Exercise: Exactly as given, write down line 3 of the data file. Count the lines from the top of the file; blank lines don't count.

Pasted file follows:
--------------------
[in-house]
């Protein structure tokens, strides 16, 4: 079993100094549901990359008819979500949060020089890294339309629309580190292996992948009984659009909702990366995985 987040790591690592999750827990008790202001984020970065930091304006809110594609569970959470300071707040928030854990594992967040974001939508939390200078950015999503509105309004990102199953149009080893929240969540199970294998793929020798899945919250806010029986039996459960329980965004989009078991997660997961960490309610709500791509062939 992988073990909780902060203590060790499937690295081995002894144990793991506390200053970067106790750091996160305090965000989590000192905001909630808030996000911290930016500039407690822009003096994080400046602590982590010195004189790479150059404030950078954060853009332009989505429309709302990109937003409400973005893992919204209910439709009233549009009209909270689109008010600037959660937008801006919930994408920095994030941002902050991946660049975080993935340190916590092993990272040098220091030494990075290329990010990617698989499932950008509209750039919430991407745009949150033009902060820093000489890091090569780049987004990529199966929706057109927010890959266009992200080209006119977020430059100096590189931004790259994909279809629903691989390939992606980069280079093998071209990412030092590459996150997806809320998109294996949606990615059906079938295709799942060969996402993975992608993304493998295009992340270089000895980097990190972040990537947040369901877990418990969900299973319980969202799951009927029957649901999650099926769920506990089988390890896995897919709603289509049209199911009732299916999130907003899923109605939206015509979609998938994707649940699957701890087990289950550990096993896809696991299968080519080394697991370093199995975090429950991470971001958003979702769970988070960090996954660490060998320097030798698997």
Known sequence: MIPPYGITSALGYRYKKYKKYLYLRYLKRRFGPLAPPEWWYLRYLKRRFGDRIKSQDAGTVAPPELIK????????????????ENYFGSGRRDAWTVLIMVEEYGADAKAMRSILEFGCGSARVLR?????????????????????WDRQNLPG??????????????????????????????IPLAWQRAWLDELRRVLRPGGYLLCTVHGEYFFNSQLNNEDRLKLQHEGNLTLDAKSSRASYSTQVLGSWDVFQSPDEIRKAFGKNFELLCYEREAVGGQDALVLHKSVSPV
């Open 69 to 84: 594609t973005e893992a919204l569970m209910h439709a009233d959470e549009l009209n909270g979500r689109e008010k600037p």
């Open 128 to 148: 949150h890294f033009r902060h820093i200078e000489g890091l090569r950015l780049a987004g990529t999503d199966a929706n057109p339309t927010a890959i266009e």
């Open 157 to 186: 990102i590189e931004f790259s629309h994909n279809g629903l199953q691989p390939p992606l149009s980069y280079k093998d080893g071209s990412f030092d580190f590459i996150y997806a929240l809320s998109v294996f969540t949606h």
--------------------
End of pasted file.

Known sequence: MIPPYGITSALGYRYKKYKKYLYLRYLKRRFGPLAPPEWWYLRYLKRRFGDRIKSQDAGTVAPPELIK????????????????ENYFGSGRRDAWTVLIMVEEYGADAKAMRSILEFGCGSARVLR?????????????????????WDRQNLPG??????????????????????????????IPLAWQRAWLDELRRVLRPGGYLLCTVHGEYFFNSQLNNEDRLKLQHEGNLTLDAKSSRASYSTQVLGSWDVFQSPDEIRKAFGKNFELLCYEREAVGGQDALVLHKSVSPV